There’s a lot weighing on CEOs right now, from an economic downturn to major technological changes.
That’s why plenty of leaders are turning to trusted advisers to help them guide their businesses through this turbulence. “The industries that we work in today are going through unprecedented changes. And nobody can know everything,” says James Saunders, CEO of property firm Quintain.
Saunders is one such leader leaning on key advisers. He has been part of the senior team managing the redevelopment of Wembley Park, the area around Wembley Stadium in London, for 15 years, and became Quintain’s CEO in 2019. “This can be an isolating job at times,” he says. “You need people that are not in your hierarchy whom you can turn to on different occasions.”
It helps if a CEO’s cast of supporters can offer a broad range of skills. “It’s important to be able to reach out to individuals that have a different perspective and different experience to you,” Saunders explains. Alongside his board, Saunders’ advisers include architect Ricky Burdett, a professor of urban studies at LSE, and Sir David Higgins, who oversaw the construction of venues for the London 2012 Olympic Games.
“Ricky is what I would call a critical friend,” Saunders says. “We share our plans with him, and he’ll tell me exactly what he thinks.” Higgins, on the other hand, has advised Quintain on dealing with regulation and inflation.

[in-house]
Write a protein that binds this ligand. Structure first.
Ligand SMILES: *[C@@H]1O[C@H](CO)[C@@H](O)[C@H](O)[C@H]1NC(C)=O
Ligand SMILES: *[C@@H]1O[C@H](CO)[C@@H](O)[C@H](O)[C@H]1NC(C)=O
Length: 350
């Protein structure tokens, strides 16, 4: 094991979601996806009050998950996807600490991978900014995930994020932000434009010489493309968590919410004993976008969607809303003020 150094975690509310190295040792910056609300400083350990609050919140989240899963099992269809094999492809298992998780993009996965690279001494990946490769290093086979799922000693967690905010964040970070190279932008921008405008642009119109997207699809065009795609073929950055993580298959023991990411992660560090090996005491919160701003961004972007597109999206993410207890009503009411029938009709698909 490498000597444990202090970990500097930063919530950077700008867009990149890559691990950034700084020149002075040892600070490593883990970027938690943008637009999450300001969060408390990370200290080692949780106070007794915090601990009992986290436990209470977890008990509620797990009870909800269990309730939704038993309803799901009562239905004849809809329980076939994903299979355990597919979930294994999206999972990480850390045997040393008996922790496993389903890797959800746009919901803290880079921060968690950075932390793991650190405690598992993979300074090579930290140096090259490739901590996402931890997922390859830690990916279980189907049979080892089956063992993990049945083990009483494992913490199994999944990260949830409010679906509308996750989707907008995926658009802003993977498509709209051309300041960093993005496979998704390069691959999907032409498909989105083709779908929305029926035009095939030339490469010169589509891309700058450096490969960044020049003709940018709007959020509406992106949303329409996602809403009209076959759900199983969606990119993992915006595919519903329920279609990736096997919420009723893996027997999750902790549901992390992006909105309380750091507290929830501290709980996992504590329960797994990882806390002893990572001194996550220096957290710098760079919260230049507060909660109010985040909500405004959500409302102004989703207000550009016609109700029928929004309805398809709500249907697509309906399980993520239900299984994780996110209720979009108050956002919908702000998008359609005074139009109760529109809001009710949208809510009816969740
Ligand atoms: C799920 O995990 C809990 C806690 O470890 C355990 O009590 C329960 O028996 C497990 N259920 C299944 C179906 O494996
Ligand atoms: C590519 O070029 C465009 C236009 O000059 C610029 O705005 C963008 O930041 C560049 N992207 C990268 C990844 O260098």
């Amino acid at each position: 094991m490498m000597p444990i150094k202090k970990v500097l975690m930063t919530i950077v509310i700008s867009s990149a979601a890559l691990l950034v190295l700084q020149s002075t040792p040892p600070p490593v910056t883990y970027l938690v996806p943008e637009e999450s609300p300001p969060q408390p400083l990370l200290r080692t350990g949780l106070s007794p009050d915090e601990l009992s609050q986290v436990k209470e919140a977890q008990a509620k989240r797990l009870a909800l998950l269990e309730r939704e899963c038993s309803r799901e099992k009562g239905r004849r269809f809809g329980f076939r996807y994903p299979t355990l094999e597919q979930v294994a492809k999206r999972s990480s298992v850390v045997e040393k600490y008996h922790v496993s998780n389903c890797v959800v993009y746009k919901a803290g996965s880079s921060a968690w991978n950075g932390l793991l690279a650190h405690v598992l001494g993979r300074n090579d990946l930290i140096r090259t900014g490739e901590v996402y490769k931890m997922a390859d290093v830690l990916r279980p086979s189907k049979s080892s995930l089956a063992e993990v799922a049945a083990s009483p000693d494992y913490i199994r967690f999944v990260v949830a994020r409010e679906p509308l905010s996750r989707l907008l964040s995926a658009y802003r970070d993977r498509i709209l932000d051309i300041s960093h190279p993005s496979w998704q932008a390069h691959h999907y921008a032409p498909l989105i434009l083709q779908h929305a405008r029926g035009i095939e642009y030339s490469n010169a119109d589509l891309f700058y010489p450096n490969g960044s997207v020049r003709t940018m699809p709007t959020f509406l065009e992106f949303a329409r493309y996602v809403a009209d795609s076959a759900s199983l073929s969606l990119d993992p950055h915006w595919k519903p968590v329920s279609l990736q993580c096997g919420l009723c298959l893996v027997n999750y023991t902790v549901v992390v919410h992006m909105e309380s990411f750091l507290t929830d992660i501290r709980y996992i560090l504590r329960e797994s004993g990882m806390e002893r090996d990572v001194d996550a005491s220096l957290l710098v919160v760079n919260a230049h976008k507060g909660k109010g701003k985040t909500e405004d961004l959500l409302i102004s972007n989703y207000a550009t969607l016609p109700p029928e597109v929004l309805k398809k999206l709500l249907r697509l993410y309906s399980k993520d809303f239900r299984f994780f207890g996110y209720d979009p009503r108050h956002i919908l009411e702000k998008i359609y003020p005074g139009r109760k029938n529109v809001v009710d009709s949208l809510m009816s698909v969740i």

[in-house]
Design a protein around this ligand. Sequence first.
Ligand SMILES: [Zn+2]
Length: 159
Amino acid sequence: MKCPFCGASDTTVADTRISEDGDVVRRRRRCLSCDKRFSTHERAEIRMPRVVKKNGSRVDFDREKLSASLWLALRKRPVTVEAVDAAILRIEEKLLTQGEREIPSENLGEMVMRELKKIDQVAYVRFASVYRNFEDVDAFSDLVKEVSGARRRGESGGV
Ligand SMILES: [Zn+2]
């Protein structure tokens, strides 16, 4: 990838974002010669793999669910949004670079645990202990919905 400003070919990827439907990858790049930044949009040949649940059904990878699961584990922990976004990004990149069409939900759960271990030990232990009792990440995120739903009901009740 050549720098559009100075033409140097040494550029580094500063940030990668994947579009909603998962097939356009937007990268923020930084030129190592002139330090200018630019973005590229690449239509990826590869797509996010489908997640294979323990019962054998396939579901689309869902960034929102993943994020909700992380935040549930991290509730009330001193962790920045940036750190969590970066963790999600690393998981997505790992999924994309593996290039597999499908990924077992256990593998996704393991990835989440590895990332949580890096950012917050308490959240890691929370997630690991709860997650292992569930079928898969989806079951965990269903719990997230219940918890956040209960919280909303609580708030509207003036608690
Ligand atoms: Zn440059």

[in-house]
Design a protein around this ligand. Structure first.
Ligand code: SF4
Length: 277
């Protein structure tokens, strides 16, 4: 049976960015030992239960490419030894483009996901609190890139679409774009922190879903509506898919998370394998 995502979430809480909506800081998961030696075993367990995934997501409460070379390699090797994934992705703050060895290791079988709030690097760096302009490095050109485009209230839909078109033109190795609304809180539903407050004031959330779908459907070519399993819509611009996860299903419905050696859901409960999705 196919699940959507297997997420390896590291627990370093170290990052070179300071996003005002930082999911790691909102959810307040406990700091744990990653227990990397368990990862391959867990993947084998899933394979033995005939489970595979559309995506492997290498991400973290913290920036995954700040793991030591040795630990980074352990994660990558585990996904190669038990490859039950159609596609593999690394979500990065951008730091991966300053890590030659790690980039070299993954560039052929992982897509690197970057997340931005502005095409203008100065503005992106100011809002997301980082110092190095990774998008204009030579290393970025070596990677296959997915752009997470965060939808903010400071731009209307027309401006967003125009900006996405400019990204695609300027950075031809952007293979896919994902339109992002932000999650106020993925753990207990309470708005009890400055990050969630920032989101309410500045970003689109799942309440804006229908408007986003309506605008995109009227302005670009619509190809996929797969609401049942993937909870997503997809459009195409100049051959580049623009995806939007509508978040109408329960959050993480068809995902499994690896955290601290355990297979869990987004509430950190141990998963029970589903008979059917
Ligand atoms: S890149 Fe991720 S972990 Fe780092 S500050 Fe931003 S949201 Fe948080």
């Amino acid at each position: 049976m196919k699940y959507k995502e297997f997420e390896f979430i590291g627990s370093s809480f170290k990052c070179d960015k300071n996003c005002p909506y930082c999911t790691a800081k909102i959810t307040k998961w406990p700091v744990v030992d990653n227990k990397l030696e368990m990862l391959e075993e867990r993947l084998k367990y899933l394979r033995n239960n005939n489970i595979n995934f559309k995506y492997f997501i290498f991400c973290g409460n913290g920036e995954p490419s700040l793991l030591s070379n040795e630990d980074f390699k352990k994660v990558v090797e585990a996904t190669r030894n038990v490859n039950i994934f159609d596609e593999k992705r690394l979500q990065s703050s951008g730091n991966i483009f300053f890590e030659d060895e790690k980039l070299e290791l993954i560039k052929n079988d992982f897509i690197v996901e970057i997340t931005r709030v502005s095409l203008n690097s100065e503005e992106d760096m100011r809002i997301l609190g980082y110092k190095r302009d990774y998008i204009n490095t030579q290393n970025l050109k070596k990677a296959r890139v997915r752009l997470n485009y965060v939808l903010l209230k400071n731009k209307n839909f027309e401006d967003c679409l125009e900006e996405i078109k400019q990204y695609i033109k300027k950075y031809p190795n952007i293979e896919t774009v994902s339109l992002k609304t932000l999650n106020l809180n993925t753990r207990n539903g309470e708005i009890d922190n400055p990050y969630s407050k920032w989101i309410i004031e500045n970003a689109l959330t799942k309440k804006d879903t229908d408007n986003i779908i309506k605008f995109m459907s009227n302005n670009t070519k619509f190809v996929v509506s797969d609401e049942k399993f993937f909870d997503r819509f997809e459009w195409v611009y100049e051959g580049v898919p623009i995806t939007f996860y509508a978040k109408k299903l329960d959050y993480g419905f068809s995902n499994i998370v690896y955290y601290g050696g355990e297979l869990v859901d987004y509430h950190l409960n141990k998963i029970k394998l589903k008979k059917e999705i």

And they’re not the only sources of external help that Saunders has relied upon. During Covid, for instance, he felt that he and his team would benefit from working with executive coach Karen Kennedy. She helped them become a “more functioning” team, he says, as well as serving as a sounding board for Saunders himself.
Some of the team continue to work with Kennedy, but Saunders currently does not. “It was a very positive learning experience for me and for others, but sometimes it’s good to pause in your relationship with advisers, consider what you want and then re-engage. Every couple of years in this business is a new chapter,” he says.
How executive coaches steer careers
David Edmonds is an executive coach who has been a trusted adviser to many leaders, most of whom turn to him for help with career growth and mindset.
“Once a person becomes CEO, there can be a sense of having reached the top of the tree. And that’s when personal growth might stall and it becomes about protecting what they have rather than building on it,” Edmonds says.
Of course, choosing whom to confide in can be easier said than done. For instance, it can be difficult for CEOs to be honest with other board members about their concerns, for fear of getting something wrong or damaging their reputation, Edmonds explains.
“We don’t want our leaders to be vulnerable; we want the illusion that they have the answers to everything,” he says. “We don’t want to hear that they’re scared or they’re unsure, or they haven’t got a clue what they’re going to do next.” A trustworthy person outside the chain of command – and who will keep things confidential – can help here.
How funding can complicate the relationship